A yellow and black BX tanker drives on an asphalt road in an industrial area with train tracks and three smoke stacks in the background.For rural communities and wildland firefighting, Pierce also offers BX™ Pumper fire trucks, which include an aluminum body with high side spatter painted compartments on each side and a 1,250 gpm pump inside a 34" pumphouse. Standards include LED lights, roll-up doors, enclosed ladder storage, wrap-around tail lights and a full width hosebed.

Learn more about BX pumper trucks now.

Finding the right pumper apparatus to match your fire department’s needs can be a difficult task, but hopefully, this overview with examples provided you with several options to consider.

What design features of your pumper fire truck would you recommend to other fire departments? Let us know in the comments

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About Pierce Manufacturing
Pierce Manufacturing Inc., an Oshkosh Corporation [NYSE: OSK] business, is the leading North American manufacturer of custom fire apparatus. Products include custom and commercial pumpers, aerials, rescue trucks, wildland trucks, mini pumpers, and homeland security apparatus. In addition, Pierce designs its own foam systems and was the first company to introduce frontal airbags and the Side Roll Protection system to fire apparatus. To learn more about Pierce, visit

About Oshkosh Corporation

At Oshkosh (NYSE: OSK), we make innovative, mission-critical equipment to help everyday heroes advance communities around the world. Headquartered in Wisconsin, Oshkosh Corporation employs approximately 17,000 team members worldwide, all united behind a common purpose: to make a difference in people’s lives. Oshkosh products can be found in more than 150 countries under the brands of JLG®, Hinowa, Power Towers, Pierce®, MAXIMETAL, Oshkosh® Defense, McNeilus®, IMT®, Jerr-Dan®, Frontline™ Communications, Oshkosh® Airport Products, Oshkosh AeroTech™ and Pratt Miller. For more information, visit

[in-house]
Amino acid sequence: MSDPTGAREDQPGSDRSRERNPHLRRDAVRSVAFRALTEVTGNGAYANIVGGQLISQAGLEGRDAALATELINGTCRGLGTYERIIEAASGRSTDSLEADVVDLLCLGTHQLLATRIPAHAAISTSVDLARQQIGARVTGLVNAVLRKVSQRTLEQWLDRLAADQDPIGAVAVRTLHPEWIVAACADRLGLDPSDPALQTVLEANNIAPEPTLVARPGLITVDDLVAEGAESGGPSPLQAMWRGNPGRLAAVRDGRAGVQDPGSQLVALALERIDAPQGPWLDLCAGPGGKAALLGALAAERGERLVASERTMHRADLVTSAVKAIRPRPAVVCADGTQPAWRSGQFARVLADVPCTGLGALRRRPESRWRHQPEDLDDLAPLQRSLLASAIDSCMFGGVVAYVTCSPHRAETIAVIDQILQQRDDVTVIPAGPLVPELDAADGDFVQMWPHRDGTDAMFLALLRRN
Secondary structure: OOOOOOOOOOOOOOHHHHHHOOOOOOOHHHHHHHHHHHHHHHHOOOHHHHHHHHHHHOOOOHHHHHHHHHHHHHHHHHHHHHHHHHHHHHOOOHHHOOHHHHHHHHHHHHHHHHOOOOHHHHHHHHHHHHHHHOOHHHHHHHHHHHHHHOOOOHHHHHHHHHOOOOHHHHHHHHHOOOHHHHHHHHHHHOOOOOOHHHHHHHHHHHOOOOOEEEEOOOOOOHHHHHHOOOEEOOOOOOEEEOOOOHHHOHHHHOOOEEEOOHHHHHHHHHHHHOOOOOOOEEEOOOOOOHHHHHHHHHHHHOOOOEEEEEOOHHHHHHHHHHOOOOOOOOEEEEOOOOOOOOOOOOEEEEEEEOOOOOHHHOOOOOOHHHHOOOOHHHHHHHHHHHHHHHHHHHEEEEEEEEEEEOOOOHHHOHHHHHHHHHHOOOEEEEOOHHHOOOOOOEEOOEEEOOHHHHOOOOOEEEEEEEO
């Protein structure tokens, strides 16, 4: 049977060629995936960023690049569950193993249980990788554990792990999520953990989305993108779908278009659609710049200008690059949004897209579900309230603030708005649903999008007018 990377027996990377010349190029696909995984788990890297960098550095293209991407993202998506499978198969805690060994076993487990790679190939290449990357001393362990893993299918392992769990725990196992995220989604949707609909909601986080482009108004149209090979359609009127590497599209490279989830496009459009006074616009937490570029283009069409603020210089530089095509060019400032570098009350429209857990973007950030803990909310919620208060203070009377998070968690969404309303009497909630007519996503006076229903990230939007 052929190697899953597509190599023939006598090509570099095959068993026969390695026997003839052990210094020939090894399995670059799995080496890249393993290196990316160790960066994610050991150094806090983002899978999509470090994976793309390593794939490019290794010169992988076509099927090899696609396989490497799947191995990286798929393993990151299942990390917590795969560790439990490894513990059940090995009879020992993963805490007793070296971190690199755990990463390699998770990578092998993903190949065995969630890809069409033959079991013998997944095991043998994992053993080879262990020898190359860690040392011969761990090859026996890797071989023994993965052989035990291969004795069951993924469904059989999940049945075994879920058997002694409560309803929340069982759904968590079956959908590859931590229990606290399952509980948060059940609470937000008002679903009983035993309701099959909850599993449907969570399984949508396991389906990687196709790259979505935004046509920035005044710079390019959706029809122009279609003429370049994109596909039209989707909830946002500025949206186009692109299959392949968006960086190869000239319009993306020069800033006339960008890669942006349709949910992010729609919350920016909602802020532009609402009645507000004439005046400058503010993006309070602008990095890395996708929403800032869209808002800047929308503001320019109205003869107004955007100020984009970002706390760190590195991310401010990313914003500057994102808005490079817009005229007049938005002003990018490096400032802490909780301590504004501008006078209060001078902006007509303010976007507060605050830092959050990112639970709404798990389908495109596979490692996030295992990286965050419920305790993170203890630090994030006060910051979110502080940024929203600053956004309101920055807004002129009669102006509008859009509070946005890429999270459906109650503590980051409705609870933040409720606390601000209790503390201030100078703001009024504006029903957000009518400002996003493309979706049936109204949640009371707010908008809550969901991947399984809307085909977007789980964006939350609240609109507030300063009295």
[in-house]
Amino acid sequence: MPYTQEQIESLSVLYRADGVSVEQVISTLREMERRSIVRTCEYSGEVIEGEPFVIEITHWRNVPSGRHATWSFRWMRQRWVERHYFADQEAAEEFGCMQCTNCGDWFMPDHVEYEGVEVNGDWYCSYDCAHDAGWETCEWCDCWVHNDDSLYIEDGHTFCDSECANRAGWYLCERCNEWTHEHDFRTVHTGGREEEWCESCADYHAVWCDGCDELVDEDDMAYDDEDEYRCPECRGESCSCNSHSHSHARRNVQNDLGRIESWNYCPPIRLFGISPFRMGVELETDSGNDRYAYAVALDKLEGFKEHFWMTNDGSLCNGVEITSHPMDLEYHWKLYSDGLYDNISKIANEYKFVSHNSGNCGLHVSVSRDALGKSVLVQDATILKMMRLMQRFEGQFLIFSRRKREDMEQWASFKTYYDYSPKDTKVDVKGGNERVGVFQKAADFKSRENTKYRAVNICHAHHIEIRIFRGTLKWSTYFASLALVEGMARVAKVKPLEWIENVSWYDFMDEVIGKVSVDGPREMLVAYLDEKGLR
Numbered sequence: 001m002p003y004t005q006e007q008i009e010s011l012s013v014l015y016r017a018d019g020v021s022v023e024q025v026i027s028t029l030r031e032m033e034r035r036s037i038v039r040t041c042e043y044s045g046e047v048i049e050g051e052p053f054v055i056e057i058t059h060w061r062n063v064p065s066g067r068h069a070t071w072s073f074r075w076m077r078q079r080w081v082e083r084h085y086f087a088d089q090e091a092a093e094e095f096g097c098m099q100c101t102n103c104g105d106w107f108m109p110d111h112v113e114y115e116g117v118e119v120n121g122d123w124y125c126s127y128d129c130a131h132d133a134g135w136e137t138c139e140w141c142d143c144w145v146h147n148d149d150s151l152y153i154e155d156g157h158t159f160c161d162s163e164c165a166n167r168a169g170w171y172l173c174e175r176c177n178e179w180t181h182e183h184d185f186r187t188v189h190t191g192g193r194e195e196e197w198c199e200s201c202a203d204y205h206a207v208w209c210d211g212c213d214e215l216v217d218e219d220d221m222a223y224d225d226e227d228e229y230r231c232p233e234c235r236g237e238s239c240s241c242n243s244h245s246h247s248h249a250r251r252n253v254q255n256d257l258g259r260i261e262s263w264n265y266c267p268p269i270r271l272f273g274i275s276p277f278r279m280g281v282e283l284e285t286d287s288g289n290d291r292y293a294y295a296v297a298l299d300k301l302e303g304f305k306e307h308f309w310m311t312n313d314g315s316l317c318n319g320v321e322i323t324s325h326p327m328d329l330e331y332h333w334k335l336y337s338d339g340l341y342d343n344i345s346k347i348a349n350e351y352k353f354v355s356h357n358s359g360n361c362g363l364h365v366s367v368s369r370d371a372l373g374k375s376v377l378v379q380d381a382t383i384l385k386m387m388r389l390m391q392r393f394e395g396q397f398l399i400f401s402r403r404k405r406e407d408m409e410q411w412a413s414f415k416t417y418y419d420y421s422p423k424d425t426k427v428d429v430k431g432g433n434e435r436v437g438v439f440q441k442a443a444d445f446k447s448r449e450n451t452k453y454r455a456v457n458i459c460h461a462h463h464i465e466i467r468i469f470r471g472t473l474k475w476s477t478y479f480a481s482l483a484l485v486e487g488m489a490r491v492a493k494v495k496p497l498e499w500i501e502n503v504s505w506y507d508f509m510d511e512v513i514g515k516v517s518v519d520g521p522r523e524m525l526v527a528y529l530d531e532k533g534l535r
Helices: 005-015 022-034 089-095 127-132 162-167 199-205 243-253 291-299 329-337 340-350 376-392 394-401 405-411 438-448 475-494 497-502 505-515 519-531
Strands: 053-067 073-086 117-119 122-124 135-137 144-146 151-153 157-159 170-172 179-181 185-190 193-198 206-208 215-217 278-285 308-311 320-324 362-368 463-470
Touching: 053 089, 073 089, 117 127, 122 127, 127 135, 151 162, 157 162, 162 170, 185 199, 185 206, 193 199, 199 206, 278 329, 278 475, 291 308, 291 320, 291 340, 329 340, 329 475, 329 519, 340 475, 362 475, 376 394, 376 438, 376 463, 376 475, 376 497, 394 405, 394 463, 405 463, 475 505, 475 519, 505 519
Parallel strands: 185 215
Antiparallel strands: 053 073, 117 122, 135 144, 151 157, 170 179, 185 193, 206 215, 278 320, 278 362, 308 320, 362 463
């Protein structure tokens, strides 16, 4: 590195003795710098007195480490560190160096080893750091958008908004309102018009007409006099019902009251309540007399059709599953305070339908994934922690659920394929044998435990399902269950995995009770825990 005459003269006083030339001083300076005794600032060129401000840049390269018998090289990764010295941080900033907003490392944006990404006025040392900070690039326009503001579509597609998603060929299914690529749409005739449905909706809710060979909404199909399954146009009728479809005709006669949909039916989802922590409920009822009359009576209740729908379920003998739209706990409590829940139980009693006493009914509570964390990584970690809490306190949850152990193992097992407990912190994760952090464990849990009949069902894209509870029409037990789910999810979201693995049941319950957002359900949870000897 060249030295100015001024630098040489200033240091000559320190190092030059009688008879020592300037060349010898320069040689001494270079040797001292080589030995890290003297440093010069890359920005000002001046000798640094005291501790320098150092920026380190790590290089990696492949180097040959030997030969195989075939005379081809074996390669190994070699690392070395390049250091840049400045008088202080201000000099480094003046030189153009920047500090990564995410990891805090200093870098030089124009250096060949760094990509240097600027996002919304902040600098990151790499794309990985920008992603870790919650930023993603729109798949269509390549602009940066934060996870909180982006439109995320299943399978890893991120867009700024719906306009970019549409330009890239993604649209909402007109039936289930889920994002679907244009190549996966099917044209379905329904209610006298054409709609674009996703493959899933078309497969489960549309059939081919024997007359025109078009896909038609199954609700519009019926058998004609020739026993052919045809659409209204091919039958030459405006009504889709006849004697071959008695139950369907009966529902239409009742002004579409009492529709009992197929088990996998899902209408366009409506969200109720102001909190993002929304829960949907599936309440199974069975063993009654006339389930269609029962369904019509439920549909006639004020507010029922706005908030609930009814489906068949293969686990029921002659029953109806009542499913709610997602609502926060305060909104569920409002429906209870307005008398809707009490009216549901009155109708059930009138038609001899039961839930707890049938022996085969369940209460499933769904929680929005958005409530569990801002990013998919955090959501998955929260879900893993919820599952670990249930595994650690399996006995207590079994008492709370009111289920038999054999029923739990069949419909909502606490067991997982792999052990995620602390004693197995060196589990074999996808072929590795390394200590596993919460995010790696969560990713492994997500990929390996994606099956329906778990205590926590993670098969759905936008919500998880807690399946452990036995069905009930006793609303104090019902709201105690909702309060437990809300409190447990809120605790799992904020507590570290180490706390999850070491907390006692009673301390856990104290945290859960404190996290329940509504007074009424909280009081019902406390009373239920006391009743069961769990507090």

®, ™ All brand names referred to in this news release are trademarks of Oshkosh Corporation or its subsidiary companies.

Forward Looking Statements

This news release contains statements that the Company believes to be “forward-looking statements” within the meaning of the Private Securities Litigation Reform Act of 1995. All statements other than statements of historical fact, including, without limitation, statements regarding the Company’s future financial position, business strategy, targets, projected sales, costs, earnings, capital expenditures, debt levels and cash flows, and plans and objectives of management for future operations, are forward-looking statements. When used in this news release, words such as “may,” “will,” “expect,” “intend,” “estimate,” “anticipate,” “believe,” “should,” “project” or “plan” or the negative thereof or variations thereon or similar terminology are generally intended to identify forward-looking statements. These forward-looking statements are not guarantees of future performance and are subject to risks, uncertainties, assumptions and other factors, some of which are beyond the Company’s control, which could cause actual results to differ materially from those expressed or implied by such forward-looking statements. These factors include the Company's ability to successfully integrate the AeroTech acquisition and to realize the anticipated benefits associated with the same; the risks associated with international operations and sales, including compliance with the Foreign Corrupt Practices Act;  the Company’s ability to comply with complex laws and regulations applicable to U.S. government contractors; cybersecurity risks and costs of defending against, mitigating and responding to data security threats and breaches impacting the Company; the Company’s ability to successfully identify, complete and integrate other acquisitions and to realize the anticipated benefits associated with the same; and risks related to the Company’s ability to successfully execute on its strategic road map and meet its long-term financial goals. Additional information concerning these and other factors is contained in the Company’s filings with the Securities and Exchange Commission. All forward-looking statements speak only as of the date of this news release. The Company assumes no obligation, and disclaims any obligation, to update information contained in this news release. Investors should be aware that the Company may not update such information until the Company’s next quarterly earnings conference call, if at all.